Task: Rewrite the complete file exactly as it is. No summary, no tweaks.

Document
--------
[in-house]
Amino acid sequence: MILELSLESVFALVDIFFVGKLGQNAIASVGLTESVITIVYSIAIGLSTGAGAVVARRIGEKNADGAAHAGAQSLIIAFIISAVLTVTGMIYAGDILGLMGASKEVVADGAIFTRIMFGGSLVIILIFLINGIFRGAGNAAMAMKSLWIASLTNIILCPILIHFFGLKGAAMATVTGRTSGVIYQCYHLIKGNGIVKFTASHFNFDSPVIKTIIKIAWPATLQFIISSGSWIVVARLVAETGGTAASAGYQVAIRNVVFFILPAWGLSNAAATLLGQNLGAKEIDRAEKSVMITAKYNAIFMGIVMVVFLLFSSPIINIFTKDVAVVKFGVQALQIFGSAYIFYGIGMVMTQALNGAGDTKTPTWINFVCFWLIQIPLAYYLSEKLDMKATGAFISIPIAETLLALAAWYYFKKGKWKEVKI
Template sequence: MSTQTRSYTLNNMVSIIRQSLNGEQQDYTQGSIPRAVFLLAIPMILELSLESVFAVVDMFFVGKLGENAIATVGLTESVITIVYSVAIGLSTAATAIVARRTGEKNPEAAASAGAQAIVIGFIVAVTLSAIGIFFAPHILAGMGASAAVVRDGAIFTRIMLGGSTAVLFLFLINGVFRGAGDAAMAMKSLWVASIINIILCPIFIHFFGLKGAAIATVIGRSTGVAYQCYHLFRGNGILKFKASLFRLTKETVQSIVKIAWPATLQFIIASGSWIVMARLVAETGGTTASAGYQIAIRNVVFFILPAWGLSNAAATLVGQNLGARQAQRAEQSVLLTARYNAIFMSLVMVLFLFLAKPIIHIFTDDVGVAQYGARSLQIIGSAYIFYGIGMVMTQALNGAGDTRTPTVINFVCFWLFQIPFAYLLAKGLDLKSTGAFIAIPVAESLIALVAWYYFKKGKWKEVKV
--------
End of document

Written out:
[in-house]
Amino acid sequence: MILELSLESVFALVDIFFVGKLGQNAIASVGLTESVITIVYSIAIGLSTGAGAVVARRIGEKNADGAAHAGAQSLIIAFIISAVLTVTGMIYAGDILGLMGASKEVVADGAIFTRIMFGGSLVIILIFLINGIFRGAGNAAMAMKSLWIASLTNIILCPILIHFFGLKGAAMATVTGRTSGVIYQCYHLIKGNGIVKFTASHFNFDSPVIKTIIKIAWPATLQFIISSGSWIVVARLVAETGGTAASAGYQVAIRNVVFFILPAWGLSNAAATLLGQNLGAKEIDRAEKSVMITAKYNAIFMGIVMVVFLLFSSPIINIFTKDVAVVKFGVQALQIFGSAYIFYGIGMVMTQALNGAGDTKTPTWINFVCFWLIQIPLAYYLSEKLDMKATGAFISIPIAETLLALAAWYYFKKGKWKEVKI
Template sequence: MSTQTRSYTLNNMVSIIRQSLNGEQQDYTQGSIPRAVFLLAIPMILELSLESVFAVVDMFFVGKLGENAIATVGLTESVITIVYSVAIGLSTAATAIVARRTGEKNPEAAASAGAQAIVIGFIVAVTLSAIGIFFAPHILAGMGASAAVVRDGAIFTRIMLGGSTAVLFLFLINGVFRGAGDAAMAMKSLWVASIINIILCPIFIHFFGLKGAAIATVIGRSTGVAYQCYHLFRGNGILKFKASLFRLTKETVQSIVKIAWPATLQFIIASGSWIVMARLVAETGGTTASAGYQIAIRNVVFFILPAWGLSNAAATLVGQNLGARQAQRAEQSVLLTARYNAIFMSLVMVLFLFLAKPIIHIFTDDVGVAQYGARSLQIIGSAYIFYGIGMVMTQALNGAGDTRTPTVINFVCFWLFQIPFAYLLAKGLDLKSTGAFIAIPVAESLIALVAWYYFKKGKWKEVKV